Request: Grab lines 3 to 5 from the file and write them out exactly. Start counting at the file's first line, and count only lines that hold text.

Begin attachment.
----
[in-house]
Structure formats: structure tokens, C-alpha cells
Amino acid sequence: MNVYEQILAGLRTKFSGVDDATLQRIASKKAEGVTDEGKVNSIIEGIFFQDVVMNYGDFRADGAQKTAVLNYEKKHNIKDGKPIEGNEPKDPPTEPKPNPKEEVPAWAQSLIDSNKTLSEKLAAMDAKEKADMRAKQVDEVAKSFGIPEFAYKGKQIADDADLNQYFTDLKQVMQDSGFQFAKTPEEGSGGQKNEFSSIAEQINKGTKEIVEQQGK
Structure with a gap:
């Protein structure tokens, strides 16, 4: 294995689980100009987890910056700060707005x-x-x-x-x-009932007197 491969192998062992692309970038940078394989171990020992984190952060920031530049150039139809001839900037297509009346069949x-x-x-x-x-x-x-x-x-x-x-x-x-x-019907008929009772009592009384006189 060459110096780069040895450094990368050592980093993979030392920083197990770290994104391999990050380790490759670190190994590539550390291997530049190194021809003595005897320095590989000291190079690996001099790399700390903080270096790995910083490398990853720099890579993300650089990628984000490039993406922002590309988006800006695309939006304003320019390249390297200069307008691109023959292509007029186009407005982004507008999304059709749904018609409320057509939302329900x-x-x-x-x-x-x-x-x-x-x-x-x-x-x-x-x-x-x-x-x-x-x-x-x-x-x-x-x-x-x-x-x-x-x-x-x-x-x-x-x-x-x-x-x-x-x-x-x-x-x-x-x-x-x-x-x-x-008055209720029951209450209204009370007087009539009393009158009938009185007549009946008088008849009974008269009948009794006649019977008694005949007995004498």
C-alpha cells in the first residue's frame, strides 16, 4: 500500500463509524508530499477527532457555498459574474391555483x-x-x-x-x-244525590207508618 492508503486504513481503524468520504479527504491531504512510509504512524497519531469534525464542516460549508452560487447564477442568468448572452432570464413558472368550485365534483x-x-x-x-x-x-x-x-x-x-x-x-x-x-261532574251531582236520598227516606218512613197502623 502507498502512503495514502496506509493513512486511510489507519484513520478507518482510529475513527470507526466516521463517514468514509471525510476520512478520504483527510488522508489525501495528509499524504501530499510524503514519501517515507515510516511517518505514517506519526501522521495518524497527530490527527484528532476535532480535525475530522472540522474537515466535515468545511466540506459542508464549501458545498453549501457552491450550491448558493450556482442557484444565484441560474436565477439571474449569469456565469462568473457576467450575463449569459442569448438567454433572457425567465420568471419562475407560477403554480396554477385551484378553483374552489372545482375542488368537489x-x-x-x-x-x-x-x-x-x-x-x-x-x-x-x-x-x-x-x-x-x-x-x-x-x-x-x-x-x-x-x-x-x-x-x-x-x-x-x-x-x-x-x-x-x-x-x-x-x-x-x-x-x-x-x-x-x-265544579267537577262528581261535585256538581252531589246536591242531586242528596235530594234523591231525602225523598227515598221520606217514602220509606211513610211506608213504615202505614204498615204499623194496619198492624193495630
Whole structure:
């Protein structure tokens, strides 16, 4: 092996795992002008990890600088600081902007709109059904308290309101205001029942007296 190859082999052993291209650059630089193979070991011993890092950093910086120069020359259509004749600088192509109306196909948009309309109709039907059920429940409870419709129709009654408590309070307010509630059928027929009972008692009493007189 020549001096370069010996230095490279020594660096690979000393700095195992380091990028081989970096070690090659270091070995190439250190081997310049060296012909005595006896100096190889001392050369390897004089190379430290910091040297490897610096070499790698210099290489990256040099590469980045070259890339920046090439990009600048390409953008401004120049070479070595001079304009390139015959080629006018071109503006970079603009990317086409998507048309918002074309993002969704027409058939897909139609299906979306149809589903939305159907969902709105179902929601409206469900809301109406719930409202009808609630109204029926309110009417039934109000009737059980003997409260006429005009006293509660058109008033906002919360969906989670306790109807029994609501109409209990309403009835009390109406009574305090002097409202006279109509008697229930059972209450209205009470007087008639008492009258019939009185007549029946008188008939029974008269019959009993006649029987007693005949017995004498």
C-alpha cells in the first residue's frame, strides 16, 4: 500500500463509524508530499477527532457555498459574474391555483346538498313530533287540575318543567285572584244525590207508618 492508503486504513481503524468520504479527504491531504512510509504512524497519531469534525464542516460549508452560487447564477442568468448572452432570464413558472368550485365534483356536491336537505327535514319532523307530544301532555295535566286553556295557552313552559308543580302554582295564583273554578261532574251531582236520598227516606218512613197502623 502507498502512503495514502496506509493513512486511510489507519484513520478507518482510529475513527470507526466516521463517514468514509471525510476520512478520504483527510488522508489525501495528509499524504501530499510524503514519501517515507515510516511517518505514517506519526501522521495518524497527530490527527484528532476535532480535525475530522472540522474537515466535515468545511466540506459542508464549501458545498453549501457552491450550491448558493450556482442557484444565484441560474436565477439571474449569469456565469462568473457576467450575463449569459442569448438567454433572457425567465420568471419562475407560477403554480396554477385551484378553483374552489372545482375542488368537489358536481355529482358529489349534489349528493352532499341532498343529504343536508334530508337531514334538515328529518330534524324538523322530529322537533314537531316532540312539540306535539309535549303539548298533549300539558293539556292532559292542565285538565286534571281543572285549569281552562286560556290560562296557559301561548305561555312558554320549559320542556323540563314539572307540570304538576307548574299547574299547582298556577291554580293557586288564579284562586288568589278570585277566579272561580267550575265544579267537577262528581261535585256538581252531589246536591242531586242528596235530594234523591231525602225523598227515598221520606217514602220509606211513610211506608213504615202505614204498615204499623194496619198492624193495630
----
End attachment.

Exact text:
Amino acid sequence: MNVYEQILAGLRTKFSGVDDATLQRIASKKAEGVTDEGKVNSIIEGIFFQDVVMNYGDFRADGAQKTAVLNYEKKHNIKDGKPIEGNEPKDPPTEPKPNPKEEVPAWAQSLIDSNKTLSEKLAAMDAKEKADMRAKQVDEVAKSFGIPEFAYKGKQIADDADLNQYFTDLKQVMQDSGFQFAKTPEEGSGGQKNEFSSIAEQINKGTKEIVEQQGK
Structure with a gap:
């Protein structure tokens, strides 16, 4: 294995689980100009987890910056700060707005x-x-x-x-x-009932007197 491969192998062992692309970038940078394989171990020992984190952060920031530049150039139809001839900037297509009346069949x-x-x-x-x-x-x-x-x-x-x-x-x-x-019907008929009772009592009384006189 060459110096780069040895450094990368050592980093993979030392920083197990770290994104391999990050380790490759670190190994590539550390291997530049190194021809003595005897320095590989000291190079690996001099790399700390903080270096790995910083490398990853720099890579993300650089990628984000490039993406922002590309988006800006695309939006304003320019390249390297200069307008691109023959292509007029186009407005982004507008999304059709749904018609409320057509939302329900x-x-x-x-x-x-x-x-x-x-x-x-x-x-x-x-x-x-x-x-x-x-x-x-x-x-x-x-x-x-x-x-x-x-x-x-x-x-x-x-x-x-x-x-x-x-x-x-x-x-x-x-x-x-x-x-x-x-008055209720029951209450209204009370007087009539009393009158009938009185007549009946008088008849009974008269009948009794006649019977008694005949007995004498």